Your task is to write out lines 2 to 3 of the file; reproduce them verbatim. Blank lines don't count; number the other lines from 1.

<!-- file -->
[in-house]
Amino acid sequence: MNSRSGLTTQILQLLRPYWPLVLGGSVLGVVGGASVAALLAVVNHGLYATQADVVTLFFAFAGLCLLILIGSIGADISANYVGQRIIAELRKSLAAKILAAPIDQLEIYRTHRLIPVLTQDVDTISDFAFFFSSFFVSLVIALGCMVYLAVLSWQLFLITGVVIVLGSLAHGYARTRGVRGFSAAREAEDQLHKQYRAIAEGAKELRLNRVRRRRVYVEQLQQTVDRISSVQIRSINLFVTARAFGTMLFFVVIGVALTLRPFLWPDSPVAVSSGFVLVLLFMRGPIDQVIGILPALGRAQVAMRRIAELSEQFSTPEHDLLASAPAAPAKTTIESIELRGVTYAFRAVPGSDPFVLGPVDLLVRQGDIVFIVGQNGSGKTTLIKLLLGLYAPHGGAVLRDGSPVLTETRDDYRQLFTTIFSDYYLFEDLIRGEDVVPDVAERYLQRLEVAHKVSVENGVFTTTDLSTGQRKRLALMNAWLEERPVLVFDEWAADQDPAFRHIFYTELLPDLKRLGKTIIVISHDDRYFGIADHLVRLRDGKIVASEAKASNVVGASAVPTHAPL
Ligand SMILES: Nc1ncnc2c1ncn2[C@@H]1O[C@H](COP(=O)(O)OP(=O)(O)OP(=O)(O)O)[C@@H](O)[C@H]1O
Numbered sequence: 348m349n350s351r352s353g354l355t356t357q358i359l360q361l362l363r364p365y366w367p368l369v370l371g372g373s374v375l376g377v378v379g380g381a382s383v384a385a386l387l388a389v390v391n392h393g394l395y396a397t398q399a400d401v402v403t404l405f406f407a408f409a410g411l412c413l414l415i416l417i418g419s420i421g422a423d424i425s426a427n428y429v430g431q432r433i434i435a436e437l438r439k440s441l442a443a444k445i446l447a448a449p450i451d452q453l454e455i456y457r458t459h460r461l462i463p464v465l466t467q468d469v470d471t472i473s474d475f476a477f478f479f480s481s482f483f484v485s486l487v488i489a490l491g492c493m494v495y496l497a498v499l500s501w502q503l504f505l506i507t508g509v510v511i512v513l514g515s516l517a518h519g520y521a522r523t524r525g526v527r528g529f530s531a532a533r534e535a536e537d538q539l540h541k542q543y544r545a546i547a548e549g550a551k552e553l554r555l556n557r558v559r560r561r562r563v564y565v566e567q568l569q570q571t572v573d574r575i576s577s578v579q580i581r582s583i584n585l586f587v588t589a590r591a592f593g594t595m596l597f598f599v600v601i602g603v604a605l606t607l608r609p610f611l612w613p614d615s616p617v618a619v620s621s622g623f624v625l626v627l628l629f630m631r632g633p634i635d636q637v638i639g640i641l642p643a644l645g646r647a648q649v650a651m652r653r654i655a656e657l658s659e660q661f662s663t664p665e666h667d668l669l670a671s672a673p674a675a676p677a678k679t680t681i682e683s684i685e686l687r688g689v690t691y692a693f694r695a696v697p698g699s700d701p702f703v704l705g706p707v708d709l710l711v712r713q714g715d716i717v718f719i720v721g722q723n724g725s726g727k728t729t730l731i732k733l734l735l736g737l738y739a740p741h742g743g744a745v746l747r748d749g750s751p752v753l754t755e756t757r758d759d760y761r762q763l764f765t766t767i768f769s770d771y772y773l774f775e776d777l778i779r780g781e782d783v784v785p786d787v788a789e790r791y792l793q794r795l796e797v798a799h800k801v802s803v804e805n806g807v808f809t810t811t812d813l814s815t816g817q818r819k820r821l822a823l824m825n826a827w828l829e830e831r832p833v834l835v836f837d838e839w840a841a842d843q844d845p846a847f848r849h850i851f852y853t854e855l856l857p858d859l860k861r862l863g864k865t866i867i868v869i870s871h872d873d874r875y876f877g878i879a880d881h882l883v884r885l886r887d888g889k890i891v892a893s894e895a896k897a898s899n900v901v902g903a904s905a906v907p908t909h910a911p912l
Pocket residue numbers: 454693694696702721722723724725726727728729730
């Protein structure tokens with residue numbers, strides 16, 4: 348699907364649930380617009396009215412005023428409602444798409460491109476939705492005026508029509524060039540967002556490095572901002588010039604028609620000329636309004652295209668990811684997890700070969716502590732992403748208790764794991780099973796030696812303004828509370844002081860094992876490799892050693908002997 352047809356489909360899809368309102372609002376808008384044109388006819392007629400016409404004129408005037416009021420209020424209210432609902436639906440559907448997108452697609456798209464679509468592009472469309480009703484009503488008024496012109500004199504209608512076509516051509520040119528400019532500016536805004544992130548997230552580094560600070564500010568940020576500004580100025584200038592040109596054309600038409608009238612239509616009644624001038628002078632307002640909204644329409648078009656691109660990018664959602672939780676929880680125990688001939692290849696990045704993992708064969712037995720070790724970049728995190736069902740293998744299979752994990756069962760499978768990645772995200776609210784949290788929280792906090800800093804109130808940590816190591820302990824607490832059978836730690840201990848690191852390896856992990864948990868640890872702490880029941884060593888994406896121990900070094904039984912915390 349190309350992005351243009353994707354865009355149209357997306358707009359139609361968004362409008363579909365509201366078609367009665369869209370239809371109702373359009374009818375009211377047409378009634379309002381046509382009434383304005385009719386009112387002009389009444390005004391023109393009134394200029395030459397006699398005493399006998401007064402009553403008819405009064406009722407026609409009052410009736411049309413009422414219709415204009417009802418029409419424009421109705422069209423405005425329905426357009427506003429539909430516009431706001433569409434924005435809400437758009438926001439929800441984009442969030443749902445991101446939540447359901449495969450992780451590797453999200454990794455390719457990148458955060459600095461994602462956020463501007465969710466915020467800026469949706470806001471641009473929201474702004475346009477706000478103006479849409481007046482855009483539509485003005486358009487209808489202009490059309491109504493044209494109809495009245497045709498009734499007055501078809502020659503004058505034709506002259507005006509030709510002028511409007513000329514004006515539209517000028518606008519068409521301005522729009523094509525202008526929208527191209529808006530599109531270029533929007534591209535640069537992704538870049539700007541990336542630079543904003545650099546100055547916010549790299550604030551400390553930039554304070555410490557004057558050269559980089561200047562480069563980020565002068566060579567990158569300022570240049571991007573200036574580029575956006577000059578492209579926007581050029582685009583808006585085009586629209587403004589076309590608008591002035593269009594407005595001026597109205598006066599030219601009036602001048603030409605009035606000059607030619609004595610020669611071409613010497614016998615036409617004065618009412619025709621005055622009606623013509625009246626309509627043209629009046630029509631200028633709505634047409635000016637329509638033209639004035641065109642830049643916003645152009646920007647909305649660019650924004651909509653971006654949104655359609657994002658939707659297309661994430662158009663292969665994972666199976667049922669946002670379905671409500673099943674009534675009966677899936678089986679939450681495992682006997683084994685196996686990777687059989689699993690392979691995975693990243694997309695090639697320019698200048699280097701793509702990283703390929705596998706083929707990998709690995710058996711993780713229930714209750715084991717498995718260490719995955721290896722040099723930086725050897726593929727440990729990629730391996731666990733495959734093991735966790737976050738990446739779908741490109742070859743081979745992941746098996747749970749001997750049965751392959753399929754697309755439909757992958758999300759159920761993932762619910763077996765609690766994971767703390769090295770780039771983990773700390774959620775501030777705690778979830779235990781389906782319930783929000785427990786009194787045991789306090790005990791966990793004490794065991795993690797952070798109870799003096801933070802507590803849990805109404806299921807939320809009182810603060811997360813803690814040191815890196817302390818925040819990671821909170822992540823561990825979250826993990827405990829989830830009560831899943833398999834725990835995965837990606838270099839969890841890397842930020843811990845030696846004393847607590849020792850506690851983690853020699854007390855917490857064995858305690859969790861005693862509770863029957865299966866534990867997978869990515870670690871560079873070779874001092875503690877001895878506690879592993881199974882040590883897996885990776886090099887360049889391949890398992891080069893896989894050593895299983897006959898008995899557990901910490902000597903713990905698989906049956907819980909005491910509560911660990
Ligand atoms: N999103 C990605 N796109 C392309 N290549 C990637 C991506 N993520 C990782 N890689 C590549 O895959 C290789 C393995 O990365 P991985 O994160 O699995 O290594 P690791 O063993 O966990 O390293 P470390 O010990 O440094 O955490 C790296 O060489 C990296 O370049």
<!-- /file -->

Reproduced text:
Amino acid sequence: MNSRSGLTTQILQLLRPYWPLVLGGSVLGVVGGASVAALLAVVNHGLYATQADVVTLFFAFAGLCLLILIGSIGADISANYVGQRIIAELRKSLAAKILAAPIDQLEIYRTHRLIPVLTQDVDTISDFAFFFSSFFVSLVIALGCMVYLAVLSWQLFLITGVVIVLGSLAHGYARTRGVRGFSAAREAEDQLHKQYRAIAEGAKELRLNRVRRRRVYVEQLQQTVDRISSVQIRSINLFVTARAFGTMLFFVVIGVALTLRPFLWPDSPVAVSSGFVLVLLFMRGPIDQVIGILPALGRAQVAMRRIAELSEQFSTPEHDLLASAPAAPAKTTIESIELRGVTYAFRAVPGSDPFVLGPVDLLVRQGDIVFIVGQNGSGKTTLIKLLLGLYAPHGGAVLRDGSPVLTETRDDYRQLFTTIFSDYYLFEDLIRGEDVVPDVAERYLQRLEVAHKVSVENGVFTTTDLSTGQRKRLALMNAWLEERPVLVFDEWAADQDPAFRHIFYTELLPDLKRLGKTIIVISHDDRYFGIADHLVRLRDGKIVASEAKASNVVGASAVPTHAPL
Ligand SMILES: Nc1ncnc2c1ncn2[C@@H]1O[C@H](COP(=O)(O)OP(=O)(O)OP(=O)(O)O)[C@@H](O)[C@H]1O